Visible to the public CfP: IEEE VTC2018-Fall Recent Results Track: Deadline Approaching - 17 May 2018Conflict Detection Enabled

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IEEE 88th Vehicular Technology Conference (IEEE VTC2018-Fall)

27-30 August 2018, Chicago, USA |

Important dates for Recent Results papers

  • Submission of abstracts or full papers: 17 May 2018
  • Acceptance notices sent: 18 June 2018
  • Final papers due: 25 June 2018

As an adjunct to the VTC2018-Fall conference, the Technical Program Committee is offering a Recent Results track that will offer the opportunity for rapid publication of emerging work by industry and academia. Authors have the option of seeking an oral or poster presentation accompanied by a paper in the proceedings, or a demo accompanied by a short paper.

The Recent Results track will accept submission in all topics relevant to VTC. It differs from other tracks in that submission of 2-page abstracts (with results) will be considered as well as 5-page full papers. All abstracts submitted to the Recent Results track will undergo peer-review by subject matter experts, and the full paper version of accepted submissions will be published in the conference proceedings and on IEEE Xplore (conditional on presentation by one of the authors at the conference). All submissions should emphasize the novelty of the work and the results obtained.

Submission of abstracts or full papers should be made through TrackChair at the following URL:

Keynote Speakers in Chicago, 24 - 27 August 2018

Martin "Marty" Cooper, the Father of the Cell Phone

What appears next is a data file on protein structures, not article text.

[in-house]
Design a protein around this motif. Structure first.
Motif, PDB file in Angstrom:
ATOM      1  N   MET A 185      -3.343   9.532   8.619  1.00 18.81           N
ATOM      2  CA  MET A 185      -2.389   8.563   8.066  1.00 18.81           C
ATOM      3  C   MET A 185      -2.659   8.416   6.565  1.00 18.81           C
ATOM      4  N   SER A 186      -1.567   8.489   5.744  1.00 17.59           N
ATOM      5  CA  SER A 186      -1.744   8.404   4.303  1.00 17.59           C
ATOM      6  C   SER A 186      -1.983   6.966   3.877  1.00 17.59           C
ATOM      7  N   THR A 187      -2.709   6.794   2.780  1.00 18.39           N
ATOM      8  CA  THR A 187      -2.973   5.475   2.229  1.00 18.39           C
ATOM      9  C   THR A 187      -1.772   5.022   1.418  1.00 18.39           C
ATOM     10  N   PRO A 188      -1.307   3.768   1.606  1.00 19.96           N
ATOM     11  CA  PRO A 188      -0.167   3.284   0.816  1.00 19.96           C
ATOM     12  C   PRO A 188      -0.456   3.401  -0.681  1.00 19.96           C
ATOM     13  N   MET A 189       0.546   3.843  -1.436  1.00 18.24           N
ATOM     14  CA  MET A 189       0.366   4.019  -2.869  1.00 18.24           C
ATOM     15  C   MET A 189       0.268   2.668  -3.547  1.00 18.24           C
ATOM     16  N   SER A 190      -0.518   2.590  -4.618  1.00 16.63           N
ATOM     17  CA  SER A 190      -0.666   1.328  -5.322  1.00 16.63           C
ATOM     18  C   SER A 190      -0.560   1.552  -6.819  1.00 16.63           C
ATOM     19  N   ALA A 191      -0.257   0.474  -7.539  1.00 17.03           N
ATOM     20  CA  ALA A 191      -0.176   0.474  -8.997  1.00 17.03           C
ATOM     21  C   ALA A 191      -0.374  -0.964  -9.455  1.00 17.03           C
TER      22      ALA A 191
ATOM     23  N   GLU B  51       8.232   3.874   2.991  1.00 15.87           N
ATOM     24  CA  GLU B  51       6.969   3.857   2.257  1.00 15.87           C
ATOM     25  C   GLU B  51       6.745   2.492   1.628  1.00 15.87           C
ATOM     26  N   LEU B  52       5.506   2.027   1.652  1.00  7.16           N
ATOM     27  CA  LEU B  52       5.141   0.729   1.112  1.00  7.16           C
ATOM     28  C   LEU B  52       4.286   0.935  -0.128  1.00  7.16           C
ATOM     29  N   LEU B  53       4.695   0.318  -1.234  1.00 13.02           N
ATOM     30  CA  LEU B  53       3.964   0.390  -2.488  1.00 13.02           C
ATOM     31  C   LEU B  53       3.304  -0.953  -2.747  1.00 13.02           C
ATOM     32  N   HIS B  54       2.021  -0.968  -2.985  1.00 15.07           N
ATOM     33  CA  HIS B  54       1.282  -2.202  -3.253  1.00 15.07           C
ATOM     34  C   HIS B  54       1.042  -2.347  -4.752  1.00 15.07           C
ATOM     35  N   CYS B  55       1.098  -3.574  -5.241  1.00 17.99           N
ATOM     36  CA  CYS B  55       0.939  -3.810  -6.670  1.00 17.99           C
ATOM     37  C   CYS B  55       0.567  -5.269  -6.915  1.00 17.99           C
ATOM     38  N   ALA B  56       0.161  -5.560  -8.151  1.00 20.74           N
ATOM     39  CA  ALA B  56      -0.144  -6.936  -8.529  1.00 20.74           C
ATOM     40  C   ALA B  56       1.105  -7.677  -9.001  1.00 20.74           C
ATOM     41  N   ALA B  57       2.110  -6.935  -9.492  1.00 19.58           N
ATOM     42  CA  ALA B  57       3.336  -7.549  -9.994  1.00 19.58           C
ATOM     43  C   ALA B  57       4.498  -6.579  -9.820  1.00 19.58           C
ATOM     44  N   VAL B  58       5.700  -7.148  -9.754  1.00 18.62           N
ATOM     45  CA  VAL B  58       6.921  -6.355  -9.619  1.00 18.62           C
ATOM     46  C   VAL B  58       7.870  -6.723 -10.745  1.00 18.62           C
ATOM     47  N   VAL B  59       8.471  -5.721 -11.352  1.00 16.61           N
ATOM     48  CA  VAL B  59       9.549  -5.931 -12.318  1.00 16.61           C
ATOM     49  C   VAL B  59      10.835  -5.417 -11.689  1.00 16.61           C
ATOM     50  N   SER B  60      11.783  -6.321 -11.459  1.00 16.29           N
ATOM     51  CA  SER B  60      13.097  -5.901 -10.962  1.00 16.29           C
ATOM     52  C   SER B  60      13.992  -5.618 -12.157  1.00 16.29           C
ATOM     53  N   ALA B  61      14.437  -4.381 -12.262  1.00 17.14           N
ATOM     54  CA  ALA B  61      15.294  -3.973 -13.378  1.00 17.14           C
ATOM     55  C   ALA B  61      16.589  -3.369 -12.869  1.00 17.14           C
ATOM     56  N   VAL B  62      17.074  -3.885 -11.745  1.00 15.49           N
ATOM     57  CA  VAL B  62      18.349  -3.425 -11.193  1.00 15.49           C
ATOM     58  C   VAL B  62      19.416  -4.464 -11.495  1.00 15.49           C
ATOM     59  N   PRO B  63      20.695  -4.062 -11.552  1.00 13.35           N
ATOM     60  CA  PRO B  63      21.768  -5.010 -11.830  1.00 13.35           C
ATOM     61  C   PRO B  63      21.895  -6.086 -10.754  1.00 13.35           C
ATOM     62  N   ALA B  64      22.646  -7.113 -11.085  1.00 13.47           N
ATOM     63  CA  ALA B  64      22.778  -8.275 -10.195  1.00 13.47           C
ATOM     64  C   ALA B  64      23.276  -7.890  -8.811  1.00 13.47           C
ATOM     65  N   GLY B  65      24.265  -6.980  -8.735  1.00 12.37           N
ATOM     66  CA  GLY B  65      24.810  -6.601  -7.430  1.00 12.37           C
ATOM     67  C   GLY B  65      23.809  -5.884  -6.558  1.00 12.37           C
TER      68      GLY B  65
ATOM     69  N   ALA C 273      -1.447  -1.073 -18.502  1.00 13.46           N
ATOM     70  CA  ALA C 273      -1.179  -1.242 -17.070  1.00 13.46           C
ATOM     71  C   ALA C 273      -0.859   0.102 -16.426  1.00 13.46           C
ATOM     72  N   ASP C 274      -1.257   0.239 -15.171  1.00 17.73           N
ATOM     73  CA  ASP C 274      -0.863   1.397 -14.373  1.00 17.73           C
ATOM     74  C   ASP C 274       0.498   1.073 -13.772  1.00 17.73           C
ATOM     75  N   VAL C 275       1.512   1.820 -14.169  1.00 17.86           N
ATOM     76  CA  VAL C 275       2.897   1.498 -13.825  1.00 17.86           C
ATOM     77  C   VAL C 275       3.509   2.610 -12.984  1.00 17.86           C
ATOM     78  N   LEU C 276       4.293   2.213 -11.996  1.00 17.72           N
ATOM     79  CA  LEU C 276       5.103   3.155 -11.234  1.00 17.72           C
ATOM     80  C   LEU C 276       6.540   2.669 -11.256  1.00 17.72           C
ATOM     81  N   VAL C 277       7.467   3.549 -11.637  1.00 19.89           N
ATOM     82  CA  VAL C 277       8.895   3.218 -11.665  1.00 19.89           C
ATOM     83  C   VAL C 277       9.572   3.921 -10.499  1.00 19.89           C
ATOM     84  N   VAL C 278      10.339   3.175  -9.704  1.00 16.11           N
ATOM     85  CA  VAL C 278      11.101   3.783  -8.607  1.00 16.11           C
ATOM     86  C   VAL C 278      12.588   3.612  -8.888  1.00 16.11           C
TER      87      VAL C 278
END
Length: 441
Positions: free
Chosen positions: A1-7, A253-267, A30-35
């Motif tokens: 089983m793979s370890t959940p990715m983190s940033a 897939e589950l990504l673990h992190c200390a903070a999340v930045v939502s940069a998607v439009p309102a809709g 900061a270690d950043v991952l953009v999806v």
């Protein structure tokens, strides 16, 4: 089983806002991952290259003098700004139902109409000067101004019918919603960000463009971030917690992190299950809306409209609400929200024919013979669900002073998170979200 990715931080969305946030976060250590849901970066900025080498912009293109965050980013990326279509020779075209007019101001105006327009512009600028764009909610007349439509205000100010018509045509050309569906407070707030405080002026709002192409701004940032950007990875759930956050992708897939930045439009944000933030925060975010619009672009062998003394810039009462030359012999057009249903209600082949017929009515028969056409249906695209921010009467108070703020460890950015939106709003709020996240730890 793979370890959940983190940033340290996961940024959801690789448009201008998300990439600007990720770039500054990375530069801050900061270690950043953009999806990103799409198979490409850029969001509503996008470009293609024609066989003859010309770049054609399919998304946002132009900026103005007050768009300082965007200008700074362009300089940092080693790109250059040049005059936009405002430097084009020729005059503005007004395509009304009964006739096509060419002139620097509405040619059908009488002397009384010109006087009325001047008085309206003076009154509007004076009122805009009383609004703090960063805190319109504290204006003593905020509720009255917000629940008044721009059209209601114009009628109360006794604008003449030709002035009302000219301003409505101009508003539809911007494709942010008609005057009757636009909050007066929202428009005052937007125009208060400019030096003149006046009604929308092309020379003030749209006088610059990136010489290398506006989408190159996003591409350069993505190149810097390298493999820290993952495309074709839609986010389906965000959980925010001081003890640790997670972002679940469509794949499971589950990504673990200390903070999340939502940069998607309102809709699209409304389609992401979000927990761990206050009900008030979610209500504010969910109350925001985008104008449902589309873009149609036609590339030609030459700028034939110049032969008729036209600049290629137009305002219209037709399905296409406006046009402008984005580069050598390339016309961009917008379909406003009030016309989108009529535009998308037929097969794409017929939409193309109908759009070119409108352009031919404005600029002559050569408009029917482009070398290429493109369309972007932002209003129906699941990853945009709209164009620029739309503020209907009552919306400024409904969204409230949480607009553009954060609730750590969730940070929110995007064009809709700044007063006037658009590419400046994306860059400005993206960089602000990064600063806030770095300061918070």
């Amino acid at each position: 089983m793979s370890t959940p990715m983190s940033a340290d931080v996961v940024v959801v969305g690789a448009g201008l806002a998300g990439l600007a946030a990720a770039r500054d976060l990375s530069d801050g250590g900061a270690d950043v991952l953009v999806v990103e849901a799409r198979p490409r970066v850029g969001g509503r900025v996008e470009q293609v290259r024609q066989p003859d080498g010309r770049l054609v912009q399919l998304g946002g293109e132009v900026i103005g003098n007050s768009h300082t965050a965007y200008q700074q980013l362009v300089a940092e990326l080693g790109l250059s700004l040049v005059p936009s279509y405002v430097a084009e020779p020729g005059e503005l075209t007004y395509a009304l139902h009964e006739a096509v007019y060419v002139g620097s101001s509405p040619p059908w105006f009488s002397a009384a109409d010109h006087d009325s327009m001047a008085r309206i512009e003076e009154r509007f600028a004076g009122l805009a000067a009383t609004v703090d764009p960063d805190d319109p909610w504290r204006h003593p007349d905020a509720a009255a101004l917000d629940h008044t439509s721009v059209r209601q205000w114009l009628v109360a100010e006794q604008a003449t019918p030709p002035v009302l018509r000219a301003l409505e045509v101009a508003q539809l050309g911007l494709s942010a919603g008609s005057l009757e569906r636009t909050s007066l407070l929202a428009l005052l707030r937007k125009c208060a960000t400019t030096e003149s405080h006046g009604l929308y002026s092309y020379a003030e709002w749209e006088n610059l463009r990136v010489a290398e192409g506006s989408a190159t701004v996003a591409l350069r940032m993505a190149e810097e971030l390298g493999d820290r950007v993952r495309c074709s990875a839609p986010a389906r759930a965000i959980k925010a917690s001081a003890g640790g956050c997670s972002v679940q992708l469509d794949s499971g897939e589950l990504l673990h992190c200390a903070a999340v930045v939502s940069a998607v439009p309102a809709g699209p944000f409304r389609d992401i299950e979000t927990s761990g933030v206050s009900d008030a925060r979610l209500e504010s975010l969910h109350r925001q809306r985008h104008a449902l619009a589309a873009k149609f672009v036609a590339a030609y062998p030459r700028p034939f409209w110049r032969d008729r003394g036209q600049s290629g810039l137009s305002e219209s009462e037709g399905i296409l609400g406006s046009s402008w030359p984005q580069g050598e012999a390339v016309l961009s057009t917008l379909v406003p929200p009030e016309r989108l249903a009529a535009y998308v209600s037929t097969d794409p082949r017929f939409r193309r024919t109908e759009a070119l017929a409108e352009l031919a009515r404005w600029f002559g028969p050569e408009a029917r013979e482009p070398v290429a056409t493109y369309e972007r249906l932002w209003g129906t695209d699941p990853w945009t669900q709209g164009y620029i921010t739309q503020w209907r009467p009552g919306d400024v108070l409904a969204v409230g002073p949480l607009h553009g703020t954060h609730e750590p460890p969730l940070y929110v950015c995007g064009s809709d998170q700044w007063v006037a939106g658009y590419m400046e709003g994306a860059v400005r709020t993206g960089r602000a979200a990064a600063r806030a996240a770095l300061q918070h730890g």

Marty famously led the Motorola team that developed the first mobile cellular telephone. He led the regulatory effort that resulted in a competitive cellular service that could serve handheld portable cell phones, a model adopted by most countries. Marty graduated from the Illinois Institute of Technology with a bachelor's degree in electrical engineering in 1950 and served in the Navy during the Korean conflict. He joined Motorola in 1954. He earned a master's in electrical engineering (1957) and received an Honorary Doctorate from IIT where he serves as a Life Trustee. At Motorola, Marty and his teams created the Pageboy II, the first nationwide high capacity paging system (1970), and the first public land-mobile trunked radio system (1973) as well as numerous wireless innovations. He became a division manager and ultimately served a vice president and director of research (1978-83) for the company.

On April 3, 1973, Marty introduced the DynaTAC phone at a press conference in New York City. To make sure that it worked before the press conference, he placed the first public cell-phone call, to Joel Engel, head of AT&T Bell Labs rival project, and gloated that he was calling from a portable cellular phone. After a decade of further development and resolving regulatory challenges, Motorola introduced the first portable cell phone for consumers, the DynaTAC 8000x in 1983. The rest is history.